Severance pay

Severance pay is calculated based on the length of the continuous employment with the employer and cannot be lower than one-third of the worker’s average monthly salary earned in the three months before termination for each year of service. 

Prohibition of competition

The worker cannot engage in any business related to the employer’s activities without the employer’s consent (statutory prohibition of competition). If the worker violates this prohibition, the employer can demand compensation for damages or consider the employment terminated and request the worker to hand over earnings from such activities.

The legal prohibition of competition applies regardless of whether it’s specified in the contract. Employer and employee can agree that after the contract ends, the employee won’t work for a competitor or engage in competitive business (contractual prohibition of competition).

Remote working policy

Employees working remotely are eligible for reimbursement of work-related expenses if their remote work exceeds seven days per month. Moreover, the employer can enter the employee’s home or other premises for equipment maintenance and supervision if agreed upon in the contract.

In addition, the right to disconnect in Croatian law suggests employers refrain from contacting employees outside of working hours except for urgent matters.

Health and safety at home

Employers are responsible for ensuring safe working conditions, providing ergonomic workstations, and educating employees on health and safety, especially concerning computer use.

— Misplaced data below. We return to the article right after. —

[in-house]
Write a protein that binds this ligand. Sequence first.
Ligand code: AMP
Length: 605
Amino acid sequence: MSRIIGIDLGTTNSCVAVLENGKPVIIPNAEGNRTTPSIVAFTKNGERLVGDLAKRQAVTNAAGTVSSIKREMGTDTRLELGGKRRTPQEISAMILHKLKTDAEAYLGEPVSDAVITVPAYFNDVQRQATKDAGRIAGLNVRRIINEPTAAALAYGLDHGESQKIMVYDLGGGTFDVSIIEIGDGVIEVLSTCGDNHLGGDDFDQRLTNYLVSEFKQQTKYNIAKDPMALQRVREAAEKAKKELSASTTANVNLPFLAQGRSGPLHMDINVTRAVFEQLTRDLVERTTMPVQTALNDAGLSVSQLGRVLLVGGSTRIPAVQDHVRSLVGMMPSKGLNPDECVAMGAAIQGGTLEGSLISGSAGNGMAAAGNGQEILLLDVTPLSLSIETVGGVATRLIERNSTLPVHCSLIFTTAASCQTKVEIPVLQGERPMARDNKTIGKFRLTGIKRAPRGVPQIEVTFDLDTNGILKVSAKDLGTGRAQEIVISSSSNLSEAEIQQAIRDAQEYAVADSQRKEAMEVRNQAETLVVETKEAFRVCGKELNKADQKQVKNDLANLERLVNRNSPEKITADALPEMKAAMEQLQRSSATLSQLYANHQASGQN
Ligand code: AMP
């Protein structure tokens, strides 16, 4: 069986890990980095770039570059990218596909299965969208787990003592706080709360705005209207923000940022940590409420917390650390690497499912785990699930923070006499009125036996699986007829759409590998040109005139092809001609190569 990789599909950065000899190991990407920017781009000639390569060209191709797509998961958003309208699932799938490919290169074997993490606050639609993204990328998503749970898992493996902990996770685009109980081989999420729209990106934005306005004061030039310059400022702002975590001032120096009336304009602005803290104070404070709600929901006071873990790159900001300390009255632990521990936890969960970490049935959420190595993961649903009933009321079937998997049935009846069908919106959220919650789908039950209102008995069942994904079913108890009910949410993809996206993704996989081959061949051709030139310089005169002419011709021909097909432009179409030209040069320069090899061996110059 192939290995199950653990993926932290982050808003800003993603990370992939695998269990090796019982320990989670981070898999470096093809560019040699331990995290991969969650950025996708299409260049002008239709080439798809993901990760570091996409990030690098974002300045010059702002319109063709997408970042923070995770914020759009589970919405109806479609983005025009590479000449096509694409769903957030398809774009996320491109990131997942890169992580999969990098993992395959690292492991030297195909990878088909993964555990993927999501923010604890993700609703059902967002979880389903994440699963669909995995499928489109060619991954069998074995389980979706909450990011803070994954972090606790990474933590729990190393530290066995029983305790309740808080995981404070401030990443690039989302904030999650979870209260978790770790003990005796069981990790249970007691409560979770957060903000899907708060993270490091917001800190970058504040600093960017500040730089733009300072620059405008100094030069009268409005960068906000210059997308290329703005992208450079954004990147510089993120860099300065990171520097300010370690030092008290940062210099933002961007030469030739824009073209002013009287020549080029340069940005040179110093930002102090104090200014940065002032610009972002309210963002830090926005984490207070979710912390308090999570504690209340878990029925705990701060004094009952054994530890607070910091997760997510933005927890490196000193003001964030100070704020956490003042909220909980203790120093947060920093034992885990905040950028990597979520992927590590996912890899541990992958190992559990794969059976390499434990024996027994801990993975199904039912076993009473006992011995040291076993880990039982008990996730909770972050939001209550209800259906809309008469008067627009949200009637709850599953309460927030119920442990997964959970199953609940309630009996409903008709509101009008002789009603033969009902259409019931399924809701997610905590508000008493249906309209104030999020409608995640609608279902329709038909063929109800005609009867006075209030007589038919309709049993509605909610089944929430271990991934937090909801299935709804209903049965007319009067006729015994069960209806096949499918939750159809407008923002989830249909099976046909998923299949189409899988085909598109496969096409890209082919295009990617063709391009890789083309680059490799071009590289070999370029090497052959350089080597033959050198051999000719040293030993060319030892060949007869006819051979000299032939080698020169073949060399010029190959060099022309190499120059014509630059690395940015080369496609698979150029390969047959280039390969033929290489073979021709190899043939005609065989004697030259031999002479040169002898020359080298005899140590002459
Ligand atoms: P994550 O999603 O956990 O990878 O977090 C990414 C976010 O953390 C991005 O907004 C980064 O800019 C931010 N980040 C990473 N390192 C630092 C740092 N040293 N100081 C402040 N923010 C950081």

Moreover, employers are obligated to offer and cover the cost of eye exams before employment and every two years thereafter, and they should promote activities away from screens and provide breaks and exercises to alleviate eye strain.

What are the advantages of hiring employees from Croatia vs other countries?

Hiring employees from Croatia can offer several advantages compared to hiring from other countries. Firstly, Croatia is a member of the European Union (EU), which can simplify hiring processes for employers based in other EU countries. This membership also ensures compliance with EU regulations and standards, which can be advantageous for companies operating across multiple EU markets.

In addition, Croatia’s thriving tourism industry has cultivated a pool of talent with expertise in hospitality, tourism management, and related fields. This can be particularly advantageous for companies operating in the tourism, travel, and hospitality sectors.

The cultural similarities with other European countries, particularly those in Central and Eastern Europe, ensure a smooth integration of Croatian employees into multinational teams.

Why use Native Teams for hiring in Croatia?

Native Teams lets you employ team members ‘like a local’ meaning you get all the benefits of a global team, wherever you are based. Here are the reasons why you should use Native Teams for hiring:

  • No paperwork: We will handle all the necessary paperwork for you.
  • Save on taxes: We help you handle your taxes.
  • No company set up: You can expand your business using our company entitles.
  • Online onboarding: We’re here to ensure your onboarding process is trouble-free.
  • No accounting: We will handle all of your accounting needs, including invoicing, payroll, and more.
  • Increase your profit: We assist you in growing your business and maximizing your profits.
  • Compliance expertise: we can assist your company in navigating the regulatory environments and ensure you meet all relevant requirements.
  • Local support: We can assist you in understanding and complying with the relevant local laws.
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*Note: The provided information was accurate at the time of writing.